“…under duress the most important characteristic of your clothing system is not the ability to keep external moisture off you, but the ability to allow internal moisture to escape efficiently without chilling you excessively.”
In the ~five years since I wrote the above post, and since Sitka popularized the concept of the rewarming drill. In that time a number of people have produced trials, and a few significant advances in gear have become widespread. It is worth taking a look at both.
Rokslide recently published a static rewarming drill trial; jump in a lake, get in a sleeping bag, use hot drinks and hot water bottles to see how your insulation manages moisture. A useful exercise for the unfortunate but inevitable scenario of having to go to bed damp or wet with no other way to dry out. This can happen in the alpine, or just because of rainy weather without respite. The lessons from the Rokslide article are mostly old hat: the lightest possible layers (especially against the skin) with the least possible spandex are best. Anything beyond mid single digits spandex should be categorically out for backcountry stuff in damp climates, as should merino wool. Synthetic bags and insulating garments provide a significantly larger margin for error, though in the case of the former weight goes up enough that you can almost buy a bigger margin with a premium down bag. It’s also worth highlighting that women, especially those who require more support than a basic shelf bra/tank provides wear a significant handicap when it comes to eliminating moisture islands from undergarments.
There are also a few versions of the various rewarming drills, static and active, that might be worth watching if you really care to geek out on specifics. Subtle but significant lessons here are just how much redundant fabric layers (e.g. pockets) can trap moisture, along with how one poorly conceived layer in the system (most often an inartfully selected mid layer, such as a second heavy baselayer) can slow the whole system down. This performance during a for-video trial is one thing. The cost lagging dry time can exact on metabolism and morale on day 3 of 5 or 7 quite another.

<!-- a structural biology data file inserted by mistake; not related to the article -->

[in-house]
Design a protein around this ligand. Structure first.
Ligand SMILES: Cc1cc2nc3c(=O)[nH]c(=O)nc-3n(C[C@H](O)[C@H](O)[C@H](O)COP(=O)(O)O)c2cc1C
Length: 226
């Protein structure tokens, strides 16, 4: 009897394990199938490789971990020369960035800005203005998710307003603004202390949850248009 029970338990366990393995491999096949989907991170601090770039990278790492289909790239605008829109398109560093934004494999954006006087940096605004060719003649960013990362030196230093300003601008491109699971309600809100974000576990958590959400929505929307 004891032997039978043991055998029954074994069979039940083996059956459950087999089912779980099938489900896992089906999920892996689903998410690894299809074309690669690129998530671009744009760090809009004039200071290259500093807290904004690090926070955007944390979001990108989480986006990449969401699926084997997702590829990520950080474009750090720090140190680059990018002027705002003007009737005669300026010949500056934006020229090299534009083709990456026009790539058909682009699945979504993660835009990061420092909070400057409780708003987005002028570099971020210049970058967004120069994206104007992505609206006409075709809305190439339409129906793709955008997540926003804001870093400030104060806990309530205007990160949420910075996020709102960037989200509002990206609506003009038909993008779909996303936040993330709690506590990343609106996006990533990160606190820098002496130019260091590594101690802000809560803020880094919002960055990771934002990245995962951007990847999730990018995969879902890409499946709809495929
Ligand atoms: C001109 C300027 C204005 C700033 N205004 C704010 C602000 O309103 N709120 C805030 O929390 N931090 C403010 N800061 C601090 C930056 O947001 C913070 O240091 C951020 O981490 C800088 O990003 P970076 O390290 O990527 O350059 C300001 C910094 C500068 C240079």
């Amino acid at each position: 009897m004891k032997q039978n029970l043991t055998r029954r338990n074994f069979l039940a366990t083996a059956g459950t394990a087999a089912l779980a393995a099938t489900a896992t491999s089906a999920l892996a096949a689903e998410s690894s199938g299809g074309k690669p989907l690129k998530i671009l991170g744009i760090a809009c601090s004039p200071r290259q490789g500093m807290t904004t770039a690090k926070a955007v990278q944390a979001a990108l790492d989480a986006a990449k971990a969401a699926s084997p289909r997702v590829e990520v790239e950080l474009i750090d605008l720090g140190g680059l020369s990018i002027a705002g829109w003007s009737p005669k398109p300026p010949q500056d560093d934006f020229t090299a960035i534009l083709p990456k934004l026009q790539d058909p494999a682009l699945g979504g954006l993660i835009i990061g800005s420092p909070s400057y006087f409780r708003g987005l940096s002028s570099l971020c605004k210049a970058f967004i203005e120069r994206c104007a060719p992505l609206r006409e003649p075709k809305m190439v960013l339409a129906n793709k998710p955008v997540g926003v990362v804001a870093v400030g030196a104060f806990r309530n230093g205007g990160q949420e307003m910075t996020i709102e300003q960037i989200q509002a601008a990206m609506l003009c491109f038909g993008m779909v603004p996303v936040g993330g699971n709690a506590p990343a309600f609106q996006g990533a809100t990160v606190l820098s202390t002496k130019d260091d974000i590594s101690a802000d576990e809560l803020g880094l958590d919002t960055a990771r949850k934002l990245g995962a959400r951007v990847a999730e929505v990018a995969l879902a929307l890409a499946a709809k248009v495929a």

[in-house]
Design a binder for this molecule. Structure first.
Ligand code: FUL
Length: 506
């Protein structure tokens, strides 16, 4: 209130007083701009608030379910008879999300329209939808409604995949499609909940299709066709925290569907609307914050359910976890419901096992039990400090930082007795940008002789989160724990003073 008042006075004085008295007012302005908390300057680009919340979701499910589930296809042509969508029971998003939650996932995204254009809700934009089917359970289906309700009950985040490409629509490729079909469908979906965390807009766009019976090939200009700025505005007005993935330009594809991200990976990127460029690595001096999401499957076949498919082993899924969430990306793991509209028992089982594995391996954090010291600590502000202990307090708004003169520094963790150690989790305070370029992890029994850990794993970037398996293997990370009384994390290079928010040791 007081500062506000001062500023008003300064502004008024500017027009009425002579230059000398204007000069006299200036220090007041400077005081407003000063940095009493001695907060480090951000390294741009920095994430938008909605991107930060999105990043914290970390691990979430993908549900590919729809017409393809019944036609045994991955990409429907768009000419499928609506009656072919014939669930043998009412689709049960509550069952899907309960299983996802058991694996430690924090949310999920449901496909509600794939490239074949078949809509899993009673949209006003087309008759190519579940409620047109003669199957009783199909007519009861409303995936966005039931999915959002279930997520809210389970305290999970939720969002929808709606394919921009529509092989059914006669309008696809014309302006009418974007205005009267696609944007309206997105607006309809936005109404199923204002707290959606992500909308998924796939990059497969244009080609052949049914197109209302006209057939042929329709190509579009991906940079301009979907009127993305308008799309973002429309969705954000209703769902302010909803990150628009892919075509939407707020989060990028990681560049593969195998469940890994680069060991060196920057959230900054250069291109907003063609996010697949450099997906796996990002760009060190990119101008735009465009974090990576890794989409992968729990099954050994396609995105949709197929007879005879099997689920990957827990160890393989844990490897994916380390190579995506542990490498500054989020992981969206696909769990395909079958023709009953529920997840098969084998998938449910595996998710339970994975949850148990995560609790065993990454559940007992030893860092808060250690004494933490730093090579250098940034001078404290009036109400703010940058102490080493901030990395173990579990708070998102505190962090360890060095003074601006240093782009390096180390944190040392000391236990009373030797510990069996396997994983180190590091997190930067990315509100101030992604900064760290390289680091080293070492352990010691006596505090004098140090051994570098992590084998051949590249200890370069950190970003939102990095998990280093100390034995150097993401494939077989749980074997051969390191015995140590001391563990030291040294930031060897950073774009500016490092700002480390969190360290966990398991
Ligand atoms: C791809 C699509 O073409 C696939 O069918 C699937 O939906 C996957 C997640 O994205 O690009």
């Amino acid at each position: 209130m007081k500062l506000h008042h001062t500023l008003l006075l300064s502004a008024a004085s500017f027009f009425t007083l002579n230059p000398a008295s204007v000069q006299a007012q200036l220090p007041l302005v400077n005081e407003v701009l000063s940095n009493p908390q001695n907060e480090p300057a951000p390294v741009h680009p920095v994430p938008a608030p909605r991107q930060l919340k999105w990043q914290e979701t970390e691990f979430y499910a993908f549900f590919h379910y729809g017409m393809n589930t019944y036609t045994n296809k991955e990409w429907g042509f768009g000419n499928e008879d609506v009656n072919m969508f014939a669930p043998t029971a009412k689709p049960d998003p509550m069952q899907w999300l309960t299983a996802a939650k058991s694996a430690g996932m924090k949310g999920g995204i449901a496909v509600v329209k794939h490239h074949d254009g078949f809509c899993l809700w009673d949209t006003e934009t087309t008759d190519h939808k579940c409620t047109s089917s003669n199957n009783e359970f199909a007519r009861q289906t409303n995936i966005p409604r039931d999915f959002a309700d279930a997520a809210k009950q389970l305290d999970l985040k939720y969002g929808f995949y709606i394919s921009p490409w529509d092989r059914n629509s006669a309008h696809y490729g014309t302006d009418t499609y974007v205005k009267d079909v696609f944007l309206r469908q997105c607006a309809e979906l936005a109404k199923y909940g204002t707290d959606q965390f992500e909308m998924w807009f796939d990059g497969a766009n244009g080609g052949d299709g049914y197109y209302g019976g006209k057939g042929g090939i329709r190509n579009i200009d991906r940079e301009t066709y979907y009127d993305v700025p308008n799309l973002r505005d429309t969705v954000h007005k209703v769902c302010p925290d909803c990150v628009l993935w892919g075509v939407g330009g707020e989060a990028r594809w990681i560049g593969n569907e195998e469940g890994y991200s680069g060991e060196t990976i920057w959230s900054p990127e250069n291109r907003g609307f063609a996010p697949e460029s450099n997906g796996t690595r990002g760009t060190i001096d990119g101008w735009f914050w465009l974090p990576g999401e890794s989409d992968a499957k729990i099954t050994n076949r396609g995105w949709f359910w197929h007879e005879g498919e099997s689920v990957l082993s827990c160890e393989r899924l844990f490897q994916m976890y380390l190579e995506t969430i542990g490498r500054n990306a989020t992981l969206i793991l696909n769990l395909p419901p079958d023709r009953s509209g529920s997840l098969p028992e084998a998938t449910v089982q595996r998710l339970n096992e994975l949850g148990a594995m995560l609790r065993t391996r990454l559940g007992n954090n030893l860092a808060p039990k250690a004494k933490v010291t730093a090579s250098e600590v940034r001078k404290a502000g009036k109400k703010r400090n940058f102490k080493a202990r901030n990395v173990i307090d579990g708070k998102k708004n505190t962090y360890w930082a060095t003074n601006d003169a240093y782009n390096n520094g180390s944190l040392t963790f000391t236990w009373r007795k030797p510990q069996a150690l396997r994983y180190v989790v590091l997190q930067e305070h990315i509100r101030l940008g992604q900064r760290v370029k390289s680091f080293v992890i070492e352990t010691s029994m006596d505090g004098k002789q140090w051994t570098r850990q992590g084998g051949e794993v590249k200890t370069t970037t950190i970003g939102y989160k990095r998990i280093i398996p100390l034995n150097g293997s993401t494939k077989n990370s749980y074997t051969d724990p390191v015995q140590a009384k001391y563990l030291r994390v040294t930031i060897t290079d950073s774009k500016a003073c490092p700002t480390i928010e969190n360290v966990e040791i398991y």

The most important development in this area, in the last five years, has been in active insulation (Alpha Direct, left; Full Range, right). The virtues over fleece are in no small part the much lighter fabric (not necessarily garment) weight relative, which vastly increases dry time when internal heat is driving the process. The advances in fabrics used for shells here also makes a big difference, as they both preserve internal warmth (and thus, temperature gradient) without too far inhibiting moisture transport. Being able to get wet, be it by falling in a river or sweating too much on a skin track, throw on an active insulation jacket, and then work yourself dry without too much attention to detail has been a game changer.
Lately I’ve been revisiting classic pieces, like the Rab Windveil and Patagonia Capilene 4, that firmly prioritize not only dry time not very low moisture accumulation even under poor circumstances. And I’ve been impressed, all over, with how well you can do with a system whose ceiling for error is small. Heavier baselayers, esepcially wool, can in theory do more and better than Polartec HE, just as a softshell windshirt can breath better than the Windveil and peers. But it is darn nice to just not have to faff much, to leave the second layer on for that extra 20 minutes up the hill with minimal penalty. If there is any alteration I’d make to these thoughts, it would be that.